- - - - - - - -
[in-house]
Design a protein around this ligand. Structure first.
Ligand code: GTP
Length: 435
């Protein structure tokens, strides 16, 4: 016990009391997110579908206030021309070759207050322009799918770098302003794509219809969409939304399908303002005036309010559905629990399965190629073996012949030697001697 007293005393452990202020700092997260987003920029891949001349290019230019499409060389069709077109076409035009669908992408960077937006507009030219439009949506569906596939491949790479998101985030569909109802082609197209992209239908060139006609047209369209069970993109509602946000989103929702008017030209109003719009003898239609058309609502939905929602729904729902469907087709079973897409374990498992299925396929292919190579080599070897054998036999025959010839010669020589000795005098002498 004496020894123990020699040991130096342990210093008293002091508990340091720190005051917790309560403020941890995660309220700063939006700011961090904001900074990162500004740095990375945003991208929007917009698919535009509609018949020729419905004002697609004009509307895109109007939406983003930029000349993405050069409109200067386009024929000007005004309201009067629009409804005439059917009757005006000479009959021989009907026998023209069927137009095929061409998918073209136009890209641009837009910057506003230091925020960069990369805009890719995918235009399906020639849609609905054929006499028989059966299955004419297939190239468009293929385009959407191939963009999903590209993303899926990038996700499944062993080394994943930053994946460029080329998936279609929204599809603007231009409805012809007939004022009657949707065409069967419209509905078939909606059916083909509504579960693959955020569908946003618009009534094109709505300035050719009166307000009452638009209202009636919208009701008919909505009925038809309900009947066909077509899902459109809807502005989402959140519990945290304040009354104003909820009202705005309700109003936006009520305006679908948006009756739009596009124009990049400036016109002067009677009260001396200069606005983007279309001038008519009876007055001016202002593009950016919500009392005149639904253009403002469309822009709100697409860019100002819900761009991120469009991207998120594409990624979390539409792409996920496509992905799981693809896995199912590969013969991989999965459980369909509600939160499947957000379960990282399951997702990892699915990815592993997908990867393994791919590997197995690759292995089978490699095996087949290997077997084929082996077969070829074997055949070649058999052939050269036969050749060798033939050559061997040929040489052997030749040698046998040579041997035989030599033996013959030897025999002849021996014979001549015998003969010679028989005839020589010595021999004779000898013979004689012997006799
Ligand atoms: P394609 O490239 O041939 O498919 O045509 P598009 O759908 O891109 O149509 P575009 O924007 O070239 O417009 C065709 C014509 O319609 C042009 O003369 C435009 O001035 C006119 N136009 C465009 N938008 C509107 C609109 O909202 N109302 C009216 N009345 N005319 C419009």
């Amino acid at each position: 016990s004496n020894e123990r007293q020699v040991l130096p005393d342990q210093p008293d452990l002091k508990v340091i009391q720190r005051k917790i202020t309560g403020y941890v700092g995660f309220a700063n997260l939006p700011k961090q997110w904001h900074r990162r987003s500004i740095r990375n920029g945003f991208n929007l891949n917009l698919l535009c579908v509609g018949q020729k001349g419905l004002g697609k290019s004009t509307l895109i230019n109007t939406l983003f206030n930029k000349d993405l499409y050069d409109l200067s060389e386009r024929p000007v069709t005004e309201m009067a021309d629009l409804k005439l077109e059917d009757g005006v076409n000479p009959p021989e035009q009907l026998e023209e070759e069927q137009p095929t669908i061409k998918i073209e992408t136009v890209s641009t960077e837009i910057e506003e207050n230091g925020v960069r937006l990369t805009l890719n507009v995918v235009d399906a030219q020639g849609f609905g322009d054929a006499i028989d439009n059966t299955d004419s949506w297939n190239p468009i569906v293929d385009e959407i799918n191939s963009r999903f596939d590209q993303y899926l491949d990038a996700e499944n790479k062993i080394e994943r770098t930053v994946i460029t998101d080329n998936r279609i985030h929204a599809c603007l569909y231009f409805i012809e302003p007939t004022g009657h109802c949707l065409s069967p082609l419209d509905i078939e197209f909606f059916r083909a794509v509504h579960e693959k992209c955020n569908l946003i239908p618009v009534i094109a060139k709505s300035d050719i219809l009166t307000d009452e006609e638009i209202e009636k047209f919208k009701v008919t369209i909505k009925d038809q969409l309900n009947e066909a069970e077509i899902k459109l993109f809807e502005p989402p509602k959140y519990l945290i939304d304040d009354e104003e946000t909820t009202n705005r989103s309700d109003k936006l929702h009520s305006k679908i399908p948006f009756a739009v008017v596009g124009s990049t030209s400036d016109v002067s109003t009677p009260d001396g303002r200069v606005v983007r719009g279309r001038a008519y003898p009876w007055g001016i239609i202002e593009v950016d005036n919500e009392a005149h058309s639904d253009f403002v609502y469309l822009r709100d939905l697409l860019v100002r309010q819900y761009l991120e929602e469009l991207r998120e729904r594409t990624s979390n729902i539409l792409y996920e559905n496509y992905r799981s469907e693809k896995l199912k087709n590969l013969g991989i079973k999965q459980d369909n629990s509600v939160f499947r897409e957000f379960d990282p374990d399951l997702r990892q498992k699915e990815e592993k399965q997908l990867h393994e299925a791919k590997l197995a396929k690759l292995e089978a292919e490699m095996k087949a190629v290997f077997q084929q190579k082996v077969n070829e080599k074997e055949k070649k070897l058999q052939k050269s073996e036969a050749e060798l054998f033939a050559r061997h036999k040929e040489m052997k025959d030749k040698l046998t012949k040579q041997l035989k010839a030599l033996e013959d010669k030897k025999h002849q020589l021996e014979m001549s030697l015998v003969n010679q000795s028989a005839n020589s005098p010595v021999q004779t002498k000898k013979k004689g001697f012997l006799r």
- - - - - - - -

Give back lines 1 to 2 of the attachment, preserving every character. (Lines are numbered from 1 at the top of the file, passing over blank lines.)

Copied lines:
[in-house]
Design a protein around this ligand. Structure first.